Estimated Taxes

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When you are an employee, your employer withholds taxes from every paycheck and sends the money to the IRS. When self-employed or earning income other than a salary, you need to pay estimated taxes each quarter. Income subject to quarterly payments include:
+ Interest income.
+ Dividends.
+ Gains from the sales of stock or other assets.
+ Earnings from a business.
+ Alimony.
At filing time, if you have not paid enough income taxes through withholding or quarterly estimated payments, there may be a penalty for underpayment.
When are estimated taxes due?
The IRS does not break the tax year into four three-month quarters. The first quarter is January 1 to March 31. The second quarter is only two months long from April 1 to May 31. The third quarter is three months from June 1 to August 31 and fourth quarter is the final four months of the year.
Installment payments are due on April 15, June 15, September 15, and January 15 of the following year, with adjustments made for weekends and official holidays.
See below to determine if you need to make quarterly estimated taxes.
+ Do you owe less than $1,000 in taxes for the tax year after subtracting federal income tax withholding from the total amount of tax you expect to owe this year? If yes, you are safe. There is no need to make estimated tax payments.
+ Do you expect federal income tax withholding, plus any estimated taxes paid on time, to amount to at least 90 percent of the tax that you will owe for this tax year? If yes, you are clear and do not need to make estimated tax payments.
+ Do you expect your income tax withholding to be at least 100 percent of the tax on your previous year’s return? If yes, you do not need to make estimated tax payments.
If none of these are the case, then you must make estimated tax payments. To avoid a penalty, your total tax payments, estimated plus withholding, during the year must satisfy one of the requirements just covered. These are general guidelines and there may be other reasons that allow you to avoid estimated payments or require you to file them.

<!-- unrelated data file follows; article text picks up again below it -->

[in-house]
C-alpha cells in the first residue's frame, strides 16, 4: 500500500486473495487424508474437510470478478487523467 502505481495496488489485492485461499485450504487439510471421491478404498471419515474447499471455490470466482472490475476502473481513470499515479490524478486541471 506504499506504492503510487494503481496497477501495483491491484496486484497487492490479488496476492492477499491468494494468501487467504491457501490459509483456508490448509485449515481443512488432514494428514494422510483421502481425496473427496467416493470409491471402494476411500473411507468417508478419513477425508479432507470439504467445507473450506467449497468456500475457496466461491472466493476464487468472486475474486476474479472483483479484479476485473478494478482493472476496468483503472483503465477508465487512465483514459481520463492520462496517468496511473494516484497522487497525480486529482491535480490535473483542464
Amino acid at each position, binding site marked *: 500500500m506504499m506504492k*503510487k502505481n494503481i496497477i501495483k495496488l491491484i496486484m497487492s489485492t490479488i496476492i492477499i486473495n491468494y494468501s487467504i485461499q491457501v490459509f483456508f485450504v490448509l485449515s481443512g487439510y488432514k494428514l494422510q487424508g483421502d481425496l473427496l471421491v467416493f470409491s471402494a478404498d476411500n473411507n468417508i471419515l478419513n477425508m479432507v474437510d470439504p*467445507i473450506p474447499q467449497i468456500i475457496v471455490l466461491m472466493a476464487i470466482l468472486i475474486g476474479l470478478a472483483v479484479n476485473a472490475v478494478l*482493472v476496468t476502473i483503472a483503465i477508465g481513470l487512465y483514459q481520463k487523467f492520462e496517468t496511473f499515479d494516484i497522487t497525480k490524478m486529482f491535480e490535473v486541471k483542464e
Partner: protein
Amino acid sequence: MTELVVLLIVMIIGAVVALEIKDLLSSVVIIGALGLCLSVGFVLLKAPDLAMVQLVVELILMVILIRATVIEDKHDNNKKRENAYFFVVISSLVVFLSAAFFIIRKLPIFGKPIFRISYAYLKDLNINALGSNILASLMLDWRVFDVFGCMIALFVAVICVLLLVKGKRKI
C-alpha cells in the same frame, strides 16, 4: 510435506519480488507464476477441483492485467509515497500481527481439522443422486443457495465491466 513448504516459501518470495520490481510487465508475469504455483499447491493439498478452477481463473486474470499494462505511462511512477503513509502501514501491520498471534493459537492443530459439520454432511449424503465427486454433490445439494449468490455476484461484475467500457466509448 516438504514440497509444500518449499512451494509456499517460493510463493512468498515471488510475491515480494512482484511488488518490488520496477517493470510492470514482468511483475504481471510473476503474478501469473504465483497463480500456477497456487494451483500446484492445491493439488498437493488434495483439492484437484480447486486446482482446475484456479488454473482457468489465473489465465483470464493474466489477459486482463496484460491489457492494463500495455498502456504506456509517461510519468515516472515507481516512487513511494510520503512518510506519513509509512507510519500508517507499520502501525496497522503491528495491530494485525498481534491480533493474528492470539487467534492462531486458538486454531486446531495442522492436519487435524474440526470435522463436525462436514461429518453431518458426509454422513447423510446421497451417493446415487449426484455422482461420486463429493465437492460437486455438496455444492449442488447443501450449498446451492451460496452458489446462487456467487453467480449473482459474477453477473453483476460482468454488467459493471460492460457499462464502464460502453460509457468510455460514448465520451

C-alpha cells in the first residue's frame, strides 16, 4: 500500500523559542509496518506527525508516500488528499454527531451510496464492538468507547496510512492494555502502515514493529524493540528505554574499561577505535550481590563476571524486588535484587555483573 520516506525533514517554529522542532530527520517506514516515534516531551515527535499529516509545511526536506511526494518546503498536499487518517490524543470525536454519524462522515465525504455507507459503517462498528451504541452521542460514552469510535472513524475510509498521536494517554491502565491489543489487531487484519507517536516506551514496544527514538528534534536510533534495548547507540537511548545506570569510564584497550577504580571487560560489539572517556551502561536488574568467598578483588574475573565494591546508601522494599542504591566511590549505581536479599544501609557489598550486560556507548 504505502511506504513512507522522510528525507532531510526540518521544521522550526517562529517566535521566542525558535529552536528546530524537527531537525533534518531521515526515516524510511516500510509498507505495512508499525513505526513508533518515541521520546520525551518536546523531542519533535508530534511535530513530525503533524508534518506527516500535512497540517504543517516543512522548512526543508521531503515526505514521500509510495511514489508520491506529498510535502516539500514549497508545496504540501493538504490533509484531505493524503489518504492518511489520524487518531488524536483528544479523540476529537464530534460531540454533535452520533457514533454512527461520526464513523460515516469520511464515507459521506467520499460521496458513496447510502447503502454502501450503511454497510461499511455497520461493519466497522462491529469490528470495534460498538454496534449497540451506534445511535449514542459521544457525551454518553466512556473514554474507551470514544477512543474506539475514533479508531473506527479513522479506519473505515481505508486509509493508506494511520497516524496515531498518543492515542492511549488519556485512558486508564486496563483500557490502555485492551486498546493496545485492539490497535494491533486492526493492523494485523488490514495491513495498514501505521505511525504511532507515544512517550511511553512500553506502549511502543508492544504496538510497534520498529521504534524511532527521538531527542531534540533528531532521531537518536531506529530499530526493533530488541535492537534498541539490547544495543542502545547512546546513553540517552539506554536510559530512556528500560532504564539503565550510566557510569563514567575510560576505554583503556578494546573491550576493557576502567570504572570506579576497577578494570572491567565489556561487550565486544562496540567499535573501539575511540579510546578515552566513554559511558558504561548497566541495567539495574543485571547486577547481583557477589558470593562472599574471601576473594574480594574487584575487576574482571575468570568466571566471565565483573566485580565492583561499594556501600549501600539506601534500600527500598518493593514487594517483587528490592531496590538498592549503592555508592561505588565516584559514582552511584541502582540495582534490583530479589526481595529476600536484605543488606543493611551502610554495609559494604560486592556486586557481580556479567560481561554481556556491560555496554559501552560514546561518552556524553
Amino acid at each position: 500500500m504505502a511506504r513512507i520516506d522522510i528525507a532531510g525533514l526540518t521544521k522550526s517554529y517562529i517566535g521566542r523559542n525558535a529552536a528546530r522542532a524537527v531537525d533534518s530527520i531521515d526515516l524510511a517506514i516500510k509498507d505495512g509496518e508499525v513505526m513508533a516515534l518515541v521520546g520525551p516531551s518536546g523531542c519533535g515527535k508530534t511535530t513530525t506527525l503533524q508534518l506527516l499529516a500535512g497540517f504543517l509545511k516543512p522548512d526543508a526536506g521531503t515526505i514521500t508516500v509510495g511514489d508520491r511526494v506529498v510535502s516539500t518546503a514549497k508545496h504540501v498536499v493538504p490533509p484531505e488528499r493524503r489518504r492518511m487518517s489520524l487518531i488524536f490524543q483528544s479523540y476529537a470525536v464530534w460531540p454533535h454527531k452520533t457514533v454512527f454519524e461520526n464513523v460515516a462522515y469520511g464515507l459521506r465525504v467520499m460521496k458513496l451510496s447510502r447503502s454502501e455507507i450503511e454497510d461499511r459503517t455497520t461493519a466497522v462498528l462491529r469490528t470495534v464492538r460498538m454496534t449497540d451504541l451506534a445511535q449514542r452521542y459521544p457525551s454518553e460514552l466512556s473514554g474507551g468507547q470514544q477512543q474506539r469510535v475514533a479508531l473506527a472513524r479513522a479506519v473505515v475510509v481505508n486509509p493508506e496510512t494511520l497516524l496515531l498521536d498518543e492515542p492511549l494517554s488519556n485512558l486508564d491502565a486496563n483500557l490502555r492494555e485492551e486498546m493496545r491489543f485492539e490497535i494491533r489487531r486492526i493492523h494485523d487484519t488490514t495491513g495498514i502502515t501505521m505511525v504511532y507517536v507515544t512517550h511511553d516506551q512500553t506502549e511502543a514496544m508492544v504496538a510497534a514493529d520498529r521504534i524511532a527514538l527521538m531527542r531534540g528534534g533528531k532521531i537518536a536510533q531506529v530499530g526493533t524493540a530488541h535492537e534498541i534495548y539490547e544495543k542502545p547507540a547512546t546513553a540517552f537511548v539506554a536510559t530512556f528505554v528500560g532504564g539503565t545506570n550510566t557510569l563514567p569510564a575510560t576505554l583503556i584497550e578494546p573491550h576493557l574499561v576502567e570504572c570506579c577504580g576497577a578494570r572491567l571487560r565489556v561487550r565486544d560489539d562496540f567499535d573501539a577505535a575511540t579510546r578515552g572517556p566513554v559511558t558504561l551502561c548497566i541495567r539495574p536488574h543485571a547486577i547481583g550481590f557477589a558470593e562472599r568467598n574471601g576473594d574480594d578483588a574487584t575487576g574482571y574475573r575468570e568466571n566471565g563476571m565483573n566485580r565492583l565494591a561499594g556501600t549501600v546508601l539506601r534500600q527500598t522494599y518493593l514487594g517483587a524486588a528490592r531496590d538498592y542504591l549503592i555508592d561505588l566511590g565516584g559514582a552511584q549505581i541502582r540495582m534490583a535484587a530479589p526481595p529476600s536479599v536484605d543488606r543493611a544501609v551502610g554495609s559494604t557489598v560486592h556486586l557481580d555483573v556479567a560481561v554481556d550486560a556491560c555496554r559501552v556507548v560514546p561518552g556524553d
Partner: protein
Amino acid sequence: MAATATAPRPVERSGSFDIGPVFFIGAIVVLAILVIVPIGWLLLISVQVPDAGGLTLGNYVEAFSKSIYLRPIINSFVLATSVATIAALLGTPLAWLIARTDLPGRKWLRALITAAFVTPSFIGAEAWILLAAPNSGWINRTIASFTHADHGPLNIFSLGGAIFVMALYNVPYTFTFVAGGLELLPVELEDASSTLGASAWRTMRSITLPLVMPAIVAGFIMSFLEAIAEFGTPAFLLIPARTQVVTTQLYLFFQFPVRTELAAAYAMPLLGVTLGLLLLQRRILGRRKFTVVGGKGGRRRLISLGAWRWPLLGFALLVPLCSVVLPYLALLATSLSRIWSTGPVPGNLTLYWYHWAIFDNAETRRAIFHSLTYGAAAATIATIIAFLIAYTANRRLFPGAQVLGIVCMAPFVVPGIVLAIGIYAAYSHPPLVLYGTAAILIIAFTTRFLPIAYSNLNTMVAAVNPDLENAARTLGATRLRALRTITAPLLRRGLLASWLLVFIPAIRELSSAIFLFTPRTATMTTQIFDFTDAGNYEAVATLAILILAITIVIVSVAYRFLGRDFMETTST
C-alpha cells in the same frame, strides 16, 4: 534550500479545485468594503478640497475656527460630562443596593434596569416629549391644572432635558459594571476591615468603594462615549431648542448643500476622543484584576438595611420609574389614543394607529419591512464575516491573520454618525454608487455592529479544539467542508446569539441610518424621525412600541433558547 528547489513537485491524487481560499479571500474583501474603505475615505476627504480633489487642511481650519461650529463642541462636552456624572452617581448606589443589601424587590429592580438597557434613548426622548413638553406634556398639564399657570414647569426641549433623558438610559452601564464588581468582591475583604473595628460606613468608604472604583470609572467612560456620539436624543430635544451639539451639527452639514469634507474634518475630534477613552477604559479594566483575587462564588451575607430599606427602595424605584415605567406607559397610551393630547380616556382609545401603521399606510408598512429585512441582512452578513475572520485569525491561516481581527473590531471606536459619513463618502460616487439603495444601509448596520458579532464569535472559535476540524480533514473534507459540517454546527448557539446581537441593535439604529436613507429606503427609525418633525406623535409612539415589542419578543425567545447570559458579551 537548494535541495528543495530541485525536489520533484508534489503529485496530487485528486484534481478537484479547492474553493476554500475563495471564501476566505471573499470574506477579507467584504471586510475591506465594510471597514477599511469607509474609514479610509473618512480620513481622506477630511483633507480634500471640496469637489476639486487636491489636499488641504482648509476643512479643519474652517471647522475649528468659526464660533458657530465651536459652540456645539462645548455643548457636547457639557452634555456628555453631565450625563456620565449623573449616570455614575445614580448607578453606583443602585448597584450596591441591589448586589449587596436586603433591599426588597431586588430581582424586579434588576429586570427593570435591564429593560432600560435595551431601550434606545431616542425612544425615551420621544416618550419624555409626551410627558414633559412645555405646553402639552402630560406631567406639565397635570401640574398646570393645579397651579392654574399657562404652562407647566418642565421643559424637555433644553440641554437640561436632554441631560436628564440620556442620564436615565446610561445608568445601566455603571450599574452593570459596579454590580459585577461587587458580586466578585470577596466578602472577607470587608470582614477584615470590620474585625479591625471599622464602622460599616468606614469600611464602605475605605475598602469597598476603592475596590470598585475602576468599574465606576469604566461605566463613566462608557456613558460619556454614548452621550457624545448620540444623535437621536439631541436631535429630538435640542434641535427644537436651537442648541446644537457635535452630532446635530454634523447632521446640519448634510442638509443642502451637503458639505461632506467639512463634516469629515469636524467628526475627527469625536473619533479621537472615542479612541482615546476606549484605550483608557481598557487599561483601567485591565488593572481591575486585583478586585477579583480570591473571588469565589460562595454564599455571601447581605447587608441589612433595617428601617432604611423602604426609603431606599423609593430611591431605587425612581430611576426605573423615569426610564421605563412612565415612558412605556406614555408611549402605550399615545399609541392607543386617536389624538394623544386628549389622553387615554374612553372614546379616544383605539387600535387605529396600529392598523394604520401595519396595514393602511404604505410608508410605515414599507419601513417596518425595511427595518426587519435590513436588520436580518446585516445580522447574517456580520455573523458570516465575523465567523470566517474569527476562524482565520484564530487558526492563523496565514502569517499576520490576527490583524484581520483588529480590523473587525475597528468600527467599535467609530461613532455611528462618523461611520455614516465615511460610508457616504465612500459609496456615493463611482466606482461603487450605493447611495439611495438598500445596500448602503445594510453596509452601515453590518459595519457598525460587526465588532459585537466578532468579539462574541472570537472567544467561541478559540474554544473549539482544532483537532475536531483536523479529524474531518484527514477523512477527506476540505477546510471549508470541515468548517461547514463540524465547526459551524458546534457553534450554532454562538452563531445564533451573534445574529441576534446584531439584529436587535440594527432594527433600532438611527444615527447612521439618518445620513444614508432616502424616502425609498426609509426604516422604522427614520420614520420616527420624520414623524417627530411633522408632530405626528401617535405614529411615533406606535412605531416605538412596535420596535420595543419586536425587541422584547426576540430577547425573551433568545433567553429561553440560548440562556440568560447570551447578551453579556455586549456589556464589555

The safest option to avoid underpayment penalties is to aim for 100 percent of your previous year’s taxes; meaning 110 percent of your previous year’s taxes to satisfy the safe-harbor requirement. If you do this, you are likely not to have to pay an estimated tax penalty, no matter how much tax you owe with your return. This may be the case for those with high incomes.
If you expect your income this year to be less than last year’s and believe you will owe at year-end, you can choose to pay 90 percent of your estimated current year’s tax bill.
How do you pay your estimated taxes? Should you pay in equal amounts? Usually it is in four equal installments. However, you might end up with unequal payments if:
+ You had your previous year’s overpayment credited to your current year’s estimated tax payments.
+ If you do not figure your estimated payments until after April, when the first one is due.
+ If you unexpectantly make a lot of money in one quarter.
Basically, there are no good reasons to pay penalties. Follow the rules. Your best bet is to contact us to make sure you are paying the right amounts at the right times.

Need Guidance and Help?
If you need advice, give us a call and we will be happy to discuss your situation.